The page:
The Luzerne County Council voted Tuesday to forgive $728,226 in community development loans so a $6.1 million downtown Wilkes-Barre redevelopment project can proceed, but another $1 million in loans owed by the Greater Wilkes-Barre Chamber of Business & Industry will remain on the books.
Council members initially believed the entire development project was at risk if they didn’t approve the chamber’s request for $1.7 million in loan forgiveness. Additional documents circulated in recent days clarified that $1 million in loans were tied to other unrelated chamber projects.
Wico Van Genderen, the chamber’s president and CEO, told the council Tuesday his organization may be unable to repay the $1 million in loans that were not forgiven because the chamber had sold all valuable real estate associated with that borrowing, leaving no other revenue stream.
The money came from the county’s community development revolving loan fund, which relies on loan repayments and interest earnings to continue providing new loans to area businesses. The money can’t be used for general fund operating expenses.
The $728,226 in approved loan forgiveness will clear liens on the chamber’s Innovation Center @ Wilkes-Barre on South Main Street so the property can be sold to Red Talon Group 1 LLC, a private development entity.
Red Talon wants to buy the Innovation Center and First National Bank Building on Public Square to create 120 high-tech jobs and spur other growth.
Some county council members requested ownership information on Red Talon because documentation referred to the entity as a collaboration.
George Albert told the council Tuesday he is the sole member, officer and owner of the entity.
As part of the loan forgiveness, the chamber agreed to use $1.7 million of its $2.6 million in proceeds from the Innovation Center sale to repay $1.7 million in outstanding county community development loans. That money will go back into the loan fund.
The rest of the chamber’s sales proceeds will be used to repay about $126,600 in back real estate taxes owed to the county, city and Wilkes-Barre Area School District on the Innovation Center and close out a $704,000 state loan, Van Genderen said.
Once the $1.7 million in loans is repaid, the chamber will owe the county $3.8 million in addition to the $1 million that was not forgiven Tuesday. Van Genderen said he is confident the chamber has enough real estate collateral to repay the $3.8 million.
The community development loan fund currently contains $16 million.
Eight county council members approved the loan forgiveness at the reduced amount. Council members Edward Brominski, Kathy Dobash and Stephen A. Urban voted against the forgiveness.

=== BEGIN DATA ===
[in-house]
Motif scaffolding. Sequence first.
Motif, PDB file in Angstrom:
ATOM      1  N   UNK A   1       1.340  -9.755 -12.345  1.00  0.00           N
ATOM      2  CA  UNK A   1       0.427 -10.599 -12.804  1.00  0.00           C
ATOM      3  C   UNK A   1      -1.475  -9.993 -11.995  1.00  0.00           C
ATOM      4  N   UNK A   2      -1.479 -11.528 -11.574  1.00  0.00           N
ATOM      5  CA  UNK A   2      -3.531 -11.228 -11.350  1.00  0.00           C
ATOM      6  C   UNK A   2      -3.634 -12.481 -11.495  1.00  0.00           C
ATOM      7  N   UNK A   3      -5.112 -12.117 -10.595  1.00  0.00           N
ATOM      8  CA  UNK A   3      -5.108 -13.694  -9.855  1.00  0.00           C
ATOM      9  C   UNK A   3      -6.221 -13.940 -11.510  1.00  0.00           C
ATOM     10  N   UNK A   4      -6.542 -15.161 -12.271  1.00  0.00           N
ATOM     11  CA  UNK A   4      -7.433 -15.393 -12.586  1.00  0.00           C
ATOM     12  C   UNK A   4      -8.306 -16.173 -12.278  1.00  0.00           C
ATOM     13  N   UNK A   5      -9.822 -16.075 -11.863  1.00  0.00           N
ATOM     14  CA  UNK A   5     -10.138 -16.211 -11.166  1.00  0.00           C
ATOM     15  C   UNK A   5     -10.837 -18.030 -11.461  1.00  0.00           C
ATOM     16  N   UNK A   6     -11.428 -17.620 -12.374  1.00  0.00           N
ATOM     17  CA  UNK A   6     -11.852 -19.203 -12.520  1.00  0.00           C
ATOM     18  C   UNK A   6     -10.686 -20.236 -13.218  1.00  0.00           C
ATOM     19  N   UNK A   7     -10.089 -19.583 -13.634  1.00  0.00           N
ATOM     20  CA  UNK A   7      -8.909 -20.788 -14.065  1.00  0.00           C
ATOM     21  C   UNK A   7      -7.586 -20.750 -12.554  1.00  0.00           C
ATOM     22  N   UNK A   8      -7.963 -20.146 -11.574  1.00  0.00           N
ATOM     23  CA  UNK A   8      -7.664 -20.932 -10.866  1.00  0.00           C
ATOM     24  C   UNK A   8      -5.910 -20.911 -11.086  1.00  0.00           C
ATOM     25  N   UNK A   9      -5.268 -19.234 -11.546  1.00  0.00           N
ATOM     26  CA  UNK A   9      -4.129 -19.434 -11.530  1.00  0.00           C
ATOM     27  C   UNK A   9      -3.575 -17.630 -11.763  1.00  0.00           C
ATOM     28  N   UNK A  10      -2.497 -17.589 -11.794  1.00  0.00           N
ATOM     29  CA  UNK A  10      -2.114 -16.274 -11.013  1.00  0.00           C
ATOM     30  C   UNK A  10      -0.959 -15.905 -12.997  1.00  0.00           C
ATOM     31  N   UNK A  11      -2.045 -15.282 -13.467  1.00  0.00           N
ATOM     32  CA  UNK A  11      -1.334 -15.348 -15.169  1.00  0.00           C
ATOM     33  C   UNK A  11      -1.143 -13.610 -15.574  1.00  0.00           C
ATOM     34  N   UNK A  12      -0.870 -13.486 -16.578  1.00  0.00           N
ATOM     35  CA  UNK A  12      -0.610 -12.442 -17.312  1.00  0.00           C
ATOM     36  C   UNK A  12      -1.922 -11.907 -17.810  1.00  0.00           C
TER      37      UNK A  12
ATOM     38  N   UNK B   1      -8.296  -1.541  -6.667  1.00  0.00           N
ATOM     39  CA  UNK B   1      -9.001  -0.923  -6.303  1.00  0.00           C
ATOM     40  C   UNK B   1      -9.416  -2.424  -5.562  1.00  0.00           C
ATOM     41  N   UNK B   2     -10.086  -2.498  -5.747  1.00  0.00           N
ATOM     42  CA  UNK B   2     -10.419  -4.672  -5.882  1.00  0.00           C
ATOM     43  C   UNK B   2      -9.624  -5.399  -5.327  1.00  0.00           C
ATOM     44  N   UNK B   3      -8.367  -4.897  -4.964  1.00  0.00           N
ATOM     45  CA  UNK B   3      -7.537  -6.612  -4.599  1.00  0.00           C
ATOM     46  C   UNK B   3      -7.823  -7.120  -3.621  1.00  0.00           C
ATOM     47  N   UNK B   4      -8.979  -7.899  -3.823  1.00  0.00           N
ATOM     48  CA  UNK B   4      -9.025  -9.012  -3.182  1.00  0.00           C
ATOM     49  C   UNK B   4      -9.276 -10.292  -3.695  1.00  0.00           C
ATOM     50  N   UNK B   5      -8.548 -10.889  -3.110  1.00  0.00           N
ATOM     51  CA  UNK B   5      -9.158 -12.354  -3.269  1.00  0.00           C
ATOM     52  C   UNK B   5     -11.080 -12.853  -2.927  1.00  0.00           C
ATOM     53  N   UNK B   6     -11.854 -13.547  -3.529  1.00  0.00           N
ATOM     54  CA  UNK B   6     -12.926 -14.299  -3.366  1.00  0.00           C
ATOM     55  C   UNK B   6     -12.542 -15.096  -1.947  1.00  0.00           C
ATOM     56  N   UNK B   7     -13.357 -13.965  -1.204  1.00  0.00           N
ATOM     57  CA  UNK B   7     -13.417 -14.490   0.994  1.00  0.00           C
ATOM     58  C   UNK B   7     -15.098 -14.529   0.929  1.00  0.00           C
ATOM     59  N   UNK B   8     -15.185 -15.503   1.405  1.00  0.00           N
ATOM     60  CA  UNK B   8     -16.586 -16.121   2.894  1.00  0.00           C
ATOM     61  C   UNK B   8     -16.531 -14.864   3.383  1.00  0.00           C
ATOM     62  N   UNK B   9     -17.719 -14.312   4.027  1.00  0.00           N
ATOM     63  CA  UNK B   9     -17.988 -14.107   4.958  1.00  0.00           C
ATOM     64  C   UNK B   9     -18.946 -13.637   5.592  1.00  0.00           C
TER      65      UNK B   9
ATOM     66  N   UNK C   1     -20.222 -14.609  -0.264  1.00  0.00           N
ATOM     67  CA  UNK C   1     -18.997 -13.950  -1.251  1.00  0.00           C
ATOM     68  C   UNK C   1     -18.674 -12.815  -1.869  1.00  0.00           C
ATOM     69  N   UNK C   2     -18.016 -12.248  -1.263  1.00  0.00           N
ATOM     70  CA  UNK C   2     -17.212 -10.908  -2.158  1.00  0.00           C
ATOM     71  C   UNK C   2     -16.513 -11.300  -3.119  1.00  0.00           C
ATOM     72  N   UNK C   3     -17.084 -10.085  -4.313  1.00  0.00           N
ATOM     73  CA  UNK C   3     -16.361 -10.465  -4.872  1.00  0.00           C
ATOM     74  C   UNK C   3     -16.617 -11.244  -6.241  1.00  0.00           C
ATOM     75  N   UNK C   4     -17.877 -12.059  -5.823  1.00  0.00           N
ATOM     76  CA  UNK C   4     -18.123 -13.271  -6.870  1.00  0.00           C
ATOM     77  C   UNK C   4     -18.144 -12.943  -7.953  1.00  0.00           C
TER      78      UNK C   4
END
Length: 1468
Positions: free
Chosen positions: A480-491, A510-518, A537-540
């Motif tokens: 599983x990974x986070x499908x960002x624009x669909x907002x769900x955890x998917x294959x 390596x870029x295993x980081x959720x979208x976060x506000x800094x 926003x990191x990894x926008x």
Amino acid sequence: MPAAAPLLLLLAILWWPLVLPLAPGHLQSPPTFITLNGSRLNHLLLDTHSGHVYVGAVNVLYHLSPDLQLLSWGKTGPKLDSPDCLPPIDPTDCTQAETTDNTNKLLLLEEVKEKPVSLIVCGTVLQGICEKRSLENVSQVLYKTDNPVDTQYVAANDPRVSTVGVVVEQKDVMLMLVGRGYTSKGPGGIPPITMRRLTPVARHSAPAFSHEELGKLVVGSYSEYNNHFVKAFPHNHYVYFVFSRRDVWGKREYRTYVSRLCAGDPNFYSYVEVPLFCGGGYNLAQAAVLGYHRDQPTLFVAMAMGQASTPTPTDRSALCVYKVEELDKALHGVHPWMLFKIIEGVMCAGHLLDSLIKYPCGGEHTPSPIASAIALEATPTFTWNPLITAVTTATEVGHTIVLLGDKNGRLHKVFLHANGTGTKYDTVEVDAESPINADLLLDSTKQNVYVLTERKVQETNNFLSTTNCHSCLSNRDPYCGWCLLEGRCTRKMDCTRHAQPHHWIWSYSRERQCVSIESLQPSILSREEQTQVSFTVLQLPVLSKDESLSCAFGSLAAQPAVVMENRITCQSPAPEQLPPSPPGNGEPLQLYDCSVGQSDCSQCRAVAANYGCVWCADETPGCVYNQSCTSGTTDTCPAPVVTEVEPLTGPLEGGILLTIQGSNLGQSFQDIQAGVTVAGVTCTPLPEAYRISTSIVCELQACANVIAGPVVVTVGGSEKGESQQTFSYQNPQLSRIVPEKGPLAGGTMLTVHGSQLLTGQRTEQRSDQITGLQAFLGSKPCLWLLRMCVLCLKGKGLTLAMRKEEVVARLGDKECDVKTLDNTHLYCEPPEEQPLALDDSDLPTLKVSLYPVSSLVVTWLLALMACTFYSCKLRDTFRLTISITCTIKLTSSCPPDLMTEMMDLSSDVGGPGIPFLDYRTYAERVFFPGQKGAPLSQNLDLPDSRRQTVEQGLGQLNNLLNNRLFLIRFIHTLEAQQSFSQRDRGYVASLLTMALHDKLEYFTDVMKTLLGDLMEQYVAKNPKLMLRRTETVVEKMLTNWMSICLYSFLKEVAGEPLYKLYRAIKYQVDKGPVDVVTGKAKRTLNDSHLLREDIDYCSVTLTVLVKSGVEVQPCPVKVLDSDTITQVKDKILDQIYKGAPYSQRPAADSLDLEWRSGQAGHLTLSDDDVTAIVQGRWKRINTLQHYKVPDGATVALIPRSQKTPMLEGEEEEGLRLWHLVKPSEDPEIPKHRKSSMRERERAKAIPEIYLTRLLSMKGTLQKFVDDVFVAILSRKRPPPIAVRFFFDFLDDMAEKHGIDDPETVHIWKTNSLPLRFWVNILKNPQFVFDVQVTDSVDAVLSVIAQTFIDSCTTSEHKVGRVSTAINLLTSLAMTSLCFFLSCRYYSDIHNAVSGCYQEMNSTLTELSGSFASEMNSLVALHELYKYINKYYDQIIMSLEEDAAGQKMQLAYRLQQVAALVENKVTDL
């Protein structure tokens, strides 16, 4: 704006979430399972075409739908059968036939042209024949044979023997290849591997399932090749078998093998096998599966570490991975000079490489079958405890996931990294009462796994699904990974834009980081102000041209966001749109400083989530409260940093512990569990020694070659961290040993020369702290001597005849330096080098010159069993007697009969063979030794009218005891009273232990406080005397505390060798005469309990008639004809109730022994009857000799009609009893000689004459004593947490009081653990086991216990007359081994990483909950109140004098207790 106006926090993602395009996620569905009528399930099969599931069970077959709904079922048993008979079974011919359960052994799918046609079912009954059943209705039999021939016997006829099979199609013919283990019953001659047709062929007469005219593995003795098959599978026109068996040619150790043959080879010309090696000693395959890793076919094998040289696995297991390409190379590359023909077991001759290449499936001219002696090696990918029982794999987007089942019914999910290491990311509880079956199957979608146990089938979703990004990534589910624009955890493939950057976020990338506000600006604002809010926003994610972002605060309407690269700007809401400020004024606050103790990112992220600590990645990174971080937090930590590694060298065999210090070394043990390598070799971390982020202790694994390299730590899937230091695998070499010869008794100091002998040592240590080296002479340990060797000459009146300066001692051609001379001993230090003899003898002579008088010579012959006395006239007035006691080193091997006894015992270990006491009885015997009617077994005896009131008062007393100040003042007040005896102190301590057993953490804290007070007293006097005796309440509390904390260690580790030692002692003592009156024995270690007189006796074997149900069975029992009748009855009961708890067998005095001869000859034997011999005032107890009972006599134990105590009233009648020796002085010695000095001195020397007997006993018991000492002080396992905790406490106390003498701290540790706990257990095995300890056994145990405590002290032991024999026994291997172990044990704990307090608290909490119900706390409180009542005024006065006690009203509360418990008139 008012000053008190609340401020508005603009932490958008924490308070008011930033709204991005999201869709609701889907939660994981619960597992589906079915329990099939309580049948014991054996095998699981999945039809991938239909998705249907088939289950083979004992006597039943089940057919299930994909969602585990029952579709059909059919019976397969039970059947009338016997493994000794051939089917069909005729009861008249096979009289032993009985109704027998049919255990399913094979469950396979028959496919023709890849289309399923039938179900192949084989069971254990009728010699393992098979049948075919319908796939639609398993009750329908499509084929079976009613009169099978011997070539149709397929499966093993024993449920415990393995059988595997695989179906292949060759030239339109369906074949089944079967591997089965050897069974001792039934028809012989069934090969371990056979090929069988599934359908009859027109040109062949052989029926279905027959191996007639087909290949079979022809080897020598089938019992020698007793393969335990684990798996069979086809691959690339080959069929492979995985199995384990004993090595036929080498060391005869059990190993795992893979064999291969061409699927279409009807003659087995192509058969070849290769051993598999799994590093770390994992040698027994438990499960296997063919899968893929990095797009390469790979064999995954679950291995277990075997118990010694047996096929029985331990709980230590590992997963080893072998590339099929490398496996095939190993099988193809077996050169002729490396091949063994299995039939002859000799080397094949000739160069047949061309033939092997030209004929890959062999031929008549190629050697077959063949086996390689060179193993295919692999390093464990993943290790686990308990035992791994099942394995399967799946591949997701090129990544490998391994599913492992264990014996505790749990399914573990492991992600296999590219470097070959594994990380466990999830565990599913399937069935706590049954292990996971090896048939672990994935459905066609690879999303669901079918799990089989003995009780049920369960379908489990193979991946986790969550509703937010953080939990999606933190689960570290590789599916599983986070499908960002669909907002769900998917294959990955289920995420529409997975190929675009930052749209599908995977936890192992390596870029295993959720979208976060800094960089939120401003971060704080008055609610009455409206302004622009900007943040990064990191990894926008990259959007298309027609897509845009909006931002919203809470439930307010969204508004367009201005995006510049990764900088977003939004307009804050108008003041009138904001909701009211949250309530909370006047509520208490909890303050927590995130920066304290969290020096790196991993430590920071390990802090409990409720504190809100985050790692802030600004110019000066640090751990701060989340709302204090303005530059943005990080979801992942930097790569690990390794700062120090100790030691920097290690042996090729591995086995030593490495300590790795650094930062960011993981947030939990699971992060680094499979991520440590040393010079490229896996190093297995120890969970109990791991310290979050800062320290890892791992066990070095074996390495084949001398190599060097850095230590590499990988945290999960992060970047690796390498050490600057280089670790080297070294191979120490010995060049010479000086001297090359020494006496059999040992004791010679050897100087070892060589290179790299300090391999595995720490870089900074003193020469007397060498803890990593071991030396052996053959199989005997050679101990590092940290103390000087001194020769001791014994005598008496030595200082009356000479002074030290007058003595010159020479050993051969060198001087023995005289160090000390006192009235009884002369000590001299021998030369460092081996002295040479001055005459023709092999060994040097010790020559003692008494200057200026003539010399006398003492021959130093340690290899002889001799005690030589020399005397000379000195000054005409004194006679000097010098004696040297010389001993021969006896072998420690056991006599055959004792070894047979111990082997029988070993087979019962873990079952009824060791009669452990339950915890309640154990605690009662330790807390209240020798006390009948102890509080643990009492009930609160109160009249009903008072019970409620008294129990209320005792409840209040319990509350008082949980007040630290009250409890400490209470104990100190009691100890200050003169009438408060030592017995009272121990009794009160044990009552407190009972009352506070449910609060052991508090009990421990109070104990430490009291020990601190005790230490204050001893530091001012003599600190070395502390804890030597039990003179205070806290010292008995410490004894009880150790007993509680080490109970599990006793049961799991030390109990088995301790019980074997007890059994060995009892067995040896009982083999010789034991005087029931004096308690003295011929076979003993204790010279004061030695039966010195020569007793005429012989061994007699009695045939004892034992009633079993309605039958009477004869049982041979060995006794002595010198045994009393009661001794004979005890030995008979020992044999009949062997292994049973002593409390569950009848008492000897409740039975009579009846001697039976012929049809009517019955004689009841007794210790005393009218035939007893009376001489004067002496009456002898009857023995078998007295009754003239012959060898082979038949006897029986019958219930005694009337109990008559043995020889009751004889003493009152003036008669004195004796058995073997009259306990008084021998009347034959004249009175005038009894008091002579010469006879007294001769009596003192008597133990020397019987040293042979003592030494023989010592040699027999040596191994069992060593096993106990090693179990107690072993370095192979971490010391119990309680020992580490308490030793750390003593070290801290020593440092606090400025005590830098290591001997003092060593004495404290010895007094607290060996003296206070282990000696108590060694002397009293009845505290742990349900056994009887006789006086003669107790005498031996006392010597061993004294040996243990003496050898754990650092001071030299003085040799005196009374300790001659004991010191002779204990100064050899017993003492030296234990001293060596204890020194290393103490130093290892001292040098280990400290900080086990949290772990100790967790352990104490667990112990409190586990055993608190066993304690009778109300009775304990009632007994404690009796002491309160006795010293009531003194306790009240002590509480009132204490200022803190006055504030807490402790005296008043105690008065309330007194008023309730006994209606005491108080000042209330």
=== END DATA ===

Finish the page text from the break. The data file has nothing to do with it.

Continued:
In other business, the council approved a union contract amendment providing raises to 911 center telecommunicators.
The amendment will boost the starting salary of 911 telecommunicators from $25,500 to $32,000 and provide $2,500 raises to current telecommunicators making more than $32,000. It also allows up to 33 to undergo testing and meet other requirements to become telecommunicator specialists, a designation that will provide an additional $2,500 raise.
County officials say the move will address concerns about turnover, morale and recruitment. Telecommunicators regularly leave to accept higher paid emergency dispatch positions in other counties and the state, officials said.
Dobash was the lone vote against the amendment.
A council majority also rejected Brominski’s call to issue a “no confidence” vote for the citizen search committee that will recommend three finalists to the council for the vacant top county manager position.
Brominski said he advocated the action because search committee members informed the council during a March 22 closed-door executive session that the committee had voted in executive session to disqualify a manager applicant.
The committee later publicly voted on the disqualification at its March 30 meeting, but Brominski said the initial closed-door vote was a “direct violation” of the state Sunshine Act governing open meetings.
Urban and Dobash were the only council members who supported Brominski’s motion. Several council members said they did not believe the months of work completed by the volunteer committee should be discredited due to an error that was remedied by a public vote.
In response to the council feedback, Brominski withdrew his second agenda request to disband the search committee and appoint a new panel.
Council Chairwoman Linda McClosky Houck said the search committee informed her it will be submitting the names of the three manager finalists to the council in a sealed envelope on Friday.
The council members will then schedule its own interviews of all three, she said.
The council also voted Tuesday to:
• Abolish three outside boards due to a lack of activity and public interest: the Commission for Women, the Diversity Commission and the Municipal Cooperation Commission.
• Appoint or reappoint several citizens to outside boards: Conservation District, Timothy Connolly and Chris Maylath; Drug and Alcohol Commission, Kristen Hansen; Industrial Development Authority, Jason Cyphert; Community College Board of Trustees, Lynn Distasio; and Mental Health/Developmental Services Advisory Board, Todd Hastings.